Persistent infections in immunocompromised hosts are rarely sources of new pathogen variants
Web of Science
AuthorEden, J-S; Chisholm, RH; Bull, RA; White, PA; Holmes, EC; Tanaka, MM
Source TitleVirus Evolution
PublisherOXFORD UNIV PRESS
University of Melbourne Author/sChisholm, Rebecca
AffiliationMelbourne School of Population and Global Health
Document TypeJournal Article
CitationsEden, J. -S., Chisholm, R. H., Bull, R. A., White, P. A., Holmes, E. C. & Tanaka, M. M. (2017). Persistent infections in immunocompromised hosts are rarely sources of new pathogen variants. VIRUS EVOLUTION, 3 (2), https://doi.org/10.1093/ve/vex018.
Access StatusOpen Access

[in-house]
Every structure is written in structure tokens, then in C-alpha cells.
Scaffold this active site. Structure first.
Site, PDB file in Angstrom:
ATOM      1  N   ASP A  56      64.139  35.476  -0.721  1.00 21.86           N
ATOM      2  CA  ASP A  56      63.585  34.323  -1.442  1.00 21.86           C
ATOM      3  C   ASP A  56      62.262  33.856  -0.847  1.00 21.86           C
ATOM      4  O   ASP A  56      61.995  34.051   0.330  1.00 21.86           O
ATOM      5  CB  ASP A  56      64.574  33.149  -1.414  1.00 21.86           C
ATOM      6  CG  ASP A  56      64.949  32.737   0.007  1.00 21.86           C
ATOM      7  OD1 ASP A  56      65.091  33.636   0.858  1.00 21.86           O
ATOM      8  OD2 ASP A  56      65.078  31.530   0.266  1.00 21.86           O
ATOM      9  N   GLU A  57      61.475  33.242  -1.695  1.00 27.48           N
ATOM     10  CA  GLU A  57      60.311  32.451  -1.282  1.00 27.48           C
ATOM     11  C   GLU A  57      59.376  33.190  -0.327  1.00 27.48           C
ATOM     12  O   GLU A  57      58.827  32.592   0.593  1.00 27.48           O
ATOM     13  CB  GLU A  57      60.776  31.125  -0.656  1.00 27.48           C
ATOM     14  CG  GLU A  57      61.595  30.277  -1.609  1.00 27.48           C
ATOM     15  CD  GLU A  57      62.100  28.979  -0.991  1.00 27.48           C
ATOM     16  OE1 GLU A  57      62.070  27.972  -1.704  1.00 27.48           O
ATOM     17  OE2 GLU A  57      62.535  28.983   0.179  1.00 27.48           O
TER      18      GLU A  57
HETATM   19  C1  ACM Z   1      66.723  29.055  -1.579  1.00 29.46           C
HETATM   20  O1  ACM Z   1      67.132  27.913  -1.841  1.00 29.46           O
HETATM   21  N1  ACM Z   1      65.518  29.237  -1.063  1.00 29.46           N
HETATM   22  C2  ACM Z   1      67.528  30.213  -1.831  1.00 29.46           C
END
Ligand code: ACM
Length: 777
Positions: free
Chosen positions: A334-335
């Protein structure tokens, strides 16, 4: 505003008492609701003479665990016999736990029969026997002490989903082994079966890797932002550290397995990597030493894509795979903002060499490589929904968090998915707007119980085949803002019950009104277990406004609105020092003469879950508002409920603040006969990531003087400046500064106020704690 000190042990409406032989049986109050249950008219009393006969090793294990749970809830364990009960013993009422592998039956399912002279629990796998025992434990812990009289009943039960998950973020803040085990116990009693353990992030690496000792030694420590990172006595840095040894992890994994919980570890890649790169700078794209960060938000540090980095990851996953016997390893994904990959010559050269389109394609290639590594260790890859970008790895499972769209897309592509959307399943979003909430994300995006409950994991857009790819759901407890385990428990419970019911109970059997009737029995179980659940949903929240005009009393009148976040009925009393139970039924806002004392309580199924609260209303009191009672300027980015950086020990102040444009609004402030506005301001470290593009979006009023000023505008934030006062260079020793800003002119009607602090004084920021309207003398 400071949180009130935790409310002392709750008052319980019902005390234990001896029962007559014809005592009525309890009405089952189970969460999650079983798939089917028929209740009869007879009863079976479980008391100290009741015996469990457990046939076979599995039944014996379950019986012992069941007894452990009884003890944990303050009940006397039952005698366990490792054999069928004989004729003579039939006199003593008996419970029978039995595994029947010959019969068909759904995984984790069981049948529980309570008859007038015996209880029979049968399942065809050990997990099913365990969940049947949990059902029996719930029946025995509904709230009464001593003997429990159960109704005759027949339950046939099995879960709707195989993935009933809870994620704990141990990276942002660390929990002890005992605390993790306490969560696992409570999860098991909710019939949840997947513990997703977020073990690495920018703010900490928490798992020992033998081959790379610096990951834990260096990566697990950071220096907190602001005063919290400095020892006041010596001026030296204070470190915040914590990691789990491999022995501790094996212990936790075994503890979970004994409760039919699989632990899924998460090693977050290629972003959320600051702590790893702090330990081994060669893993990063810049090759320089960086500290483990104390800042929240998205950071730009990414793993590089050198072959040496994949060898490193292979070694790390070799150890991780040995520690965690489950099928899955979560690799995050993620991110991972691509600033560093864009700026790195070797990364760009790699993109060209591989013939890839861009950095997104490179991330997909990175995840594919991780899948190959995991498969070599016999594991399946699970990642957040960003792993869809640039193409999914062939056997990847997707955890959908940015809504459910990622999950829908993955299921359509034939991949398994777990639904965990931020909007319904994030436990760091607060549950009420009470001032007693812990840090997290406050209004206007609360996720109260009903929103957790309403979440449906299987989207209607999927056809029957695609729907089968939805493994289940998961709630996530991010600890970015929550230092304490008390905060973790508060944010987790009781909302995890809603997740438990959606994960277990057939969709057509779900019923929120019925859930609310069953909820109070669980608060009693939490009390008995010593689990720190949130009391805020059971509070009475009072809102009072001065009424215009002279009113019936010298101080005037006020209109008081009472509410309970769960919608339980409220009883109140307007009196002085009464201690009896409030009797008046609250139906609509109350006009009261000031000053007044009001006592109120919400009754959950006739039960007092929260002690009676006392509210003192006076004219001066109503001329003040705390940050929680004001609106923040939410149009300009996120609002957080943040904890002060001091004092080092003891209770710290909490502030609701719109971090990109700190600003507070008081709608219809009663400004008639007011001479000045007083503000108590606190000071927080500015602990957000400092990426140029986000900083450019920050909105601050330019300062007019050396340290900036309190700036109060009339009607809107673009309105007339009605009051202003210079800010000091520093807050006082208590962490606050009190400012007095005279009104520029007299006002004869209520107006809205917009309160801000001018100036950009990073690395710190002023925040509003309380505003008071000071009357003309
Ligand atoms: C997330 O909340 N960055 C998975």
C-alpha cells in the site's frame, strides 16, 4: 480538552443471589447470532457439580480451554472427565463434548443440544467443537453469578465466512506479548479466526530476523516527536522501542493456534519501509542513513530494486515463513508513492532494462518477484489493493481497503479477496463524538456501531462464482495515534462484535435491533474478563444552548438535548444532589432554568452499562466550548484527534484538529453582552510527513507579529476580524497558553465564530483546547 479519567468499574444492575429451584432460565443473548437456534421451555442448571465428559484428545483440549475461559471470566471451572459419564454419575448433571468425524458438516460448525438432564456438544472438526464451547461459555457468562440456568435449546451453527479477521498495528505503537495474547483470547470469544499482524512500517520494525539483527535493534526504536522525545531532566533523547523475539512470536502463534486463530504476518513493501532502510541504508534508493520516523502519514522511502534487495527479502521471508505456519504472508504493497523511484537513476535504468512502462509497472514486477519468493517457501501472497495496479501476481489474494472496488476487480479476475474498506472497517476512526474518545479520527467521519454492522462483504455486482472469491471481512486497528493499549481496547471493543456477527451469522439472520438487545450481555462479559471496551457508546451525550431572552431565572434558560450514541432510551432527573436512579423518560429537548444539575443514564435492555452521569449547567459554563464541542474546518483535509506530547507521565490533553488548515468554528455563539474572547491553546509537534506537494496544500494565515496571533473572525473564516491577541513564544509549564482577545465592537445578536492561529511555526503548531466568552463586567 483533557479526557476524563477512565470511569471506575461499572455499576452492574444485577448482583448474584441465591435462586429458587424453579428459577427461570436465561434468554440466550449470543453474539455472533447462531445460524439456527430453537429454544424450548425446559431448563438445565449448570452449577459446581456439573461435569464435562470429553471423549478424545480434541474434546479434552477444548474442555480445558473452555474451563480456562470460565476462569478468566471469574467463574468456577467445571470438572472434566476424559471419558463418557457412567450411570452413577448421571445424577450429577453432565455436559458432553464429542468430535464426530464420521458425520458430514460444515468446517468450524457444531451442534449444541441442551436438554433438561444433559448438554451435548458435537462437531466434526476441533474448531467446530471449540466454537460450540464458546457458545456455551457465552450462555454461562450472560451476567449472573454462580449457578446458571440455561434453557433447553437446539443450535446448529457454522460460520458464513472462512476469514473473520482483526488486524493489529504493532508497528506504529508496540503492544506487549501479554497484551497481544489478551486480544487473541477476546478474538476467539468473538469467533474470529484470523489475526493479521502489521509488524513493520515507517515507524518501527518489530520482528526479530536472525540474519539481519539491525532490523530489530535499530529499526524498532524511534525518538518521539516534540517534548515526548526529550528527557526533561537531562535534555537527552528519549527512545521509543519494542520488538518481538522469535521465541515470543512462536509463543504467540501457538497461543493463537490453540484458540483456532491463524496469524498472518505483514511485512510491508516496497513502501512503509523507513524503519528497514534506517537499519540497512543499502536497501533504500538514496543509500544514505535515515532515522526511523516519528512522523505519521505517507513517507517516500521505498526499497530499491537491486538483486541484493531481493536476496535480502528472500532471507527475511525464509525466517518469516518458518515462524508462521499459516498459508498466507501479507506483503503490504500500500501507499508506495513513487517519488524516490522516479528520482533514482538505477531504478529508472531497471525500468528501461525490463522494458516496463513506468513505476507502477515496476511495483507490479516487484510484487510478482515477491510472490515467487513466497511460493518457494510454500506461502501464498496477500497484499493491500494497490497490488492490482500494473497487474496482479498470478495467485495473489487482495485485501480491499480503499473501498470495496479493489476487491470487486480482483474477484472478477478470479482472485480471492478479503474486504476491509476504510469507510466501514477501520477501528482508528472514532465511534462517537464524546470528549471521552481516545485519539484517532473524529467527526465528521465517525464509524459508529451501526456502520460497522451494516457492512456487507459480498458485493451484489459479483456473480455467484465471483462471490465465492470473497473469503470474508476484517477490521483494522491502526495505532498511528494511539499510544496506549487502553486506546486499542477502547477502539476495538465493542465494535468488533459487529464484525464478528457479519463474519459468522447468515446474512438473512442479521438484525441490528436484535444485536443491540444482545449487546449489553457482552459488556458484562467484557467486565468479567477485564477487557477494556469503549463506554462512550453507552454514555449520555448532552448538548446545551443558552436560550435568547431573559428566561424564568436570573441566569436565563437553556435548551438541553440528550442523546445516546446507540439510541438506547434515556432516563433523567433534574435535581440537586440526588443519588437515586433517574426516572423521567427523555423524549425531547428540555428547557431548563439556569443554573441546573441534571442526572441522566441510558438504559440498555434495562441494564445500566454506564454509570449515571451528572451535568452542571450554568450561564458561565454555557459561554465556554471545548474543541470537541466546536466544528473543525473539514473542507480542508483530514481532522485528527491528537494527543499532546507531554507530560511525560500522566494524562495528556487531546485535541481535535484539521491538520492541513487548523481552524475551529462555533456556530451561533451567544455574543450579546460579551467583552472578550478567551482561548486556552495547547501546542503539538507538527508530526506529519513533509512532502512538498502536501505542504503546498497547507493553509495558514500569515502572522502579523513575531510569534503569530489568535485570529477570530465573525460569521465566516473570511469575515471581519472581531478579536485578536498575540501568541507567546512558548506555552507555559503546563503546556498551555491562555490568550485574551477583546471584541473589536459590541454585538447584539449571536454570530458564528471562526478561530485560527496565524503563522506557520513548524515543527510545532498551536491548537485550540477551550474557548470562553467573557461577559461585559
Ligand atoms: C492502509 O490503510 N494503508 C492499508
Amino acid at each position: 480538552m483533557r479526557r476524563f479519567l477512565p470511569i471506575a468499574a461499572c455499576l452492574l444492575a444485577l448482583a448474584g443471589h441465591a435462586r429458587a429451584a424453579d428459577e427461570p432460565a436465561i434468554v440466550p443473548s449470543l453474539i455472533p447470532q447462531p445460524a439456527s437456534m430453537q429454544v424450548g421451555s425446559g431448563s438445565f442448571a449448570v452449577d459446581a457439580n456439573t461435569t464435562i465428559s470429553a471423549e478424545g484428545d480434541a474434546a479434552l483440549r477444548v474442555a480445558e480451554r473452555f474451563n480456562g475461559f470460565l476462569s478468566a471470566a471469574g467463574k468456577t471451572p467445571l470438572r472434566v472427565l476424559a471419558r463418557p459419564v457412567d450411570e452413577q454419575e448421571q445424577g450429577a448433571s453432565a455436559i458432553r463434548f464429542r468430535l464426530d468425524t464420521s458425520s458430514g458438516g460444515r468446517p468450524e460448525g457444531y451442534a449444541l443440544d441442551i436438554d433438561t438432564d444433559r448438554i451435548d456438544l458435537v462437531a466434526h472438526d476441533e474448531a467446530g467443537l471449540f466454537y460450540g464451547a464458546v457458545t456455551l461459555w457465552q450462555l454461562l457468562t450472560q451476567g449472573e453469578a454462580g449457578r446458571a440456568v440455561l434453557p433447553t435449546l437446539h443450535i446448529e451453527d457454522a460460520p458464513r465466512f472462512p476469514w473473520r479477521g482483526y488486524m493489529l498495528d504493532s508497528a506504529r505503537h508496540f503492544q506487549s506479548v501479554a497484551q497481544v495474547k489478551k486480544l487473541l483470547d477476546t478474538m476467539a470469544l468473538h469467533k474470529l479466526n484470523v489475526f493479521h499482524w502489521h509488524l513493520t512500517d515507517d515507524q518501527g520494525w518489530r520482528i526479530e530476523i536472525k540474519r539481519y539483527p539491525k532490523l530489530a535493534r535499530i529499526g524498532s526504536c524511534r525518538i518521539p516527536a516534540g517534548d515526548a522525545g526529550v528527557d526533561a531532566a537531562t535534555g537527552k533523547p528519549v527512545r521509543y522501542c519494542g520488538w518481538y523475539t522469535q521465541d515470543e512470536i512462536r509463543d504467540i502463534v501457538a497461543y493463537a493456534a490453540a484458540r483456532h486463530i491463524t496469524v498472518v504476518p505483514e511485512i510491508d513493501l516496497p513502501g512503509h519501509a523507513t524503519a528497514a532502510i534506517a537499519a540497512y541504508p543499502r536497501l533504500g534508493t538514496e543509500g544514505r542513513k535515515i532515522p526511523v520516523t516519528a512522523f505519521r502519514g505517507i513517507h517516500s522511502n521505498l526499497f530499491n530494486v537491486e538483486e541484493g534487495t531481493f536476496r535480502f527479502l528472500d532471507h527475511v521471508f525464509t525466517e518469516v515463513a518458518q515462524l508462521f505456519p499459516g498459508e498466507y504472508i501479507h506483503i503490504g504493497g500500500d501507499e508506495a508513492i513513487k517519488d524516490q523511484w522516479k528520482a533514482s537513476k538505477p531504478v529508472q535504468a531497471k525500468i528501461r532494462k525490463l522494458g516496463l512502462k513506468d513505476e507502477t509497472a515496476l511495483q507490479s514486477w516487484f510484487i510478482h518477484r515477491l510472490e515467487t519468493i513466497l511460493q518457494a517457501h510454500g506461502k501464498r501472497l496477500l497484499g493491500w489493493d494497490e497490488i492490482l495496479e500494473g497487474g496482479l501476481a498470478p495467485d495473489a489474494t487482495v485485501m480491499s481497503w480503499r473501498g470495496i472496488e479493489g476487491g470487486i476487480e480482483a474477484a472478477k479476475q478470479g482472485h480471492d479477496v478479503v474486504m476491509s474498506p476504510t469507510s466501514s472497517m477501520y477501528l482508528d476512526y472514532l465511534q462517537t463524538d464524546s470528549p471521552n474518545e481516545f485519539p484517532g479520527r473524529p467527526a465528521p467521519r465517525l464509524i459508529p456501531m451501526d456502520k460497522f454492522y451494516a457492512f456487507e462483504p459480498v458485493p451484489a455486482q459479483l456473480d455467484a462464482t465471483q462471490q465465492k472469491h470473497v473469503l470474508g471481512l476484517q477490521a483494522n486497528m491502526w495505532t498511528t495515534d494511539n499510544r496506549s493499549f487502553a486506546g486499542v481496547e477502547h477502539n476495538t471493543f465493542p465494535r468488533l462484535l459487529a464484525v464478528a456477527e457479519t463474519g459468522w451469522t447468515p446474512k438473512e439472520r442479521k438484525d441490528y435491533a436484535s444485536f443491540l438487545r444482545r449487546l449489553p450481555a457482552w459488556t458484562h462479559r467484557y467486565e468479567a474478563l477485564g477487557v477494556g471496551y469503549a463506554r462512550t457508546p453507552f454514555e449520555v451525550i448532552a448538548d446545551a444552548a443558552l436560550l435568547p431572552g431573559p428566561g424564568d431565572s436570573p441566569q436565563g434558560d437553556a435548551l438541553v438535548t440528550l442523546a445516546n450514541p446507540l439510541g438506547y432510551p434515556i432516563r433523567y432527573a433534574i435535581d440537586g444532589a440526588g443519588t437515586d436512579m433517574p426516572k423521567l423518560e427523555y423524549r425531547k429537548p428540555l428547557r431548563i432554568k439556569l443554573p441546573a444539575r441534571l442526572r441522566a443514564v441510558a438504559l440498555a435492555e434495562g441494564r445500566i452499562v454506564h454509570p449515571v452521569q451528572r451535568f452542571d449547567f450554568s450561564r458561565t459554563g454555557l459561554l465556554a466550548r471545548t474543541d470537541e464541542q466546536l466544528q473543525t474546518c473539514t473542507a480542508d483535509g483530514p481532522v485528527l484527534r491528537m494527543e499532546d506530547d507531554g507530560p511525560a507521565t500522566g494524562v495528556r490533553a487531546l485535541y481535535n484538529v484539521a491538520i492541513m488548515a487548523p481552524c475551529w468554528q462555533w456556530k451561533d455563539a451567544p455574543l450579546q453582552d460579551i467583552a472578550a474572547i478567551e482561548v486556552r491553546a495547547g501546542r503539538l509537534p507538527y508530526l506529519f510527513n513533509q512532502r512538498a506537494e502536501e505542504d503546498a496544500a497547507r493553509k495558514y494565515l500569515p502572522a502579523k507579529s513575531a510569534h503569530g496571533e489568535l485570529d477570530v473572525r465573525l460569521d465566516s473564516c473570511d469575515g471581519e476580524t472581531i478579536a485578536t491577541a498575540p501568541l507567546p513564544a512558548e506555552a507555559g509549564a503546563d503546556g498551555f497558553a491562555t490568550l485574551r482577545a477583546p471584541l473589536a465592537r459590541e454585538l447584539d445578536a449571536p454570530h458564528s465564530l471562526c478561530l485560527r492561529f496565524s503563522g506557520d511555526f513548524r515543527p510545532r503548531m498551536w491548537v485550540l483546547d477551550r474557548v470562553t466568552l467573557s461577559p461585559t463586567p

Many viruses, including human norovirus and influenza, cause self-limiting diseases of short duration. However, infection by the same viruses in an immunocompromised host can result in prolonged illness in the absence of effective treatment. Such persistent infections are often characterized by increased genetic diversity with potentially elevated rates of evolution compared to acute infections, leading to suggestions that immunocompromised hosts represent an important reservoir for the emergence of novel viral variants. Here, we develop a mathematical model that combines epidemiological dynamics with within-host evolution to quantify the relative contribution of immunocompromised hosts to the overall rate of pathogen evolution. Using human norovirus as a case study we show that the majority of evolutionary substitutions are expected to occur in acute infections of immunocompetent hosts. Hence, despite their potential to generate a high level of diversity, infections of immunocompromised hosts likely contribute less to the evolution and emergence of new genetic variants at the epidemiological scale because such hosts are rare and tend to be isolated. This result is robust to variation in key parameters, including the proportion of the population immunocompromised, and provides a means to understand the adaptive significance of mutations that arise during chronic infections in immunocompromised hosts.
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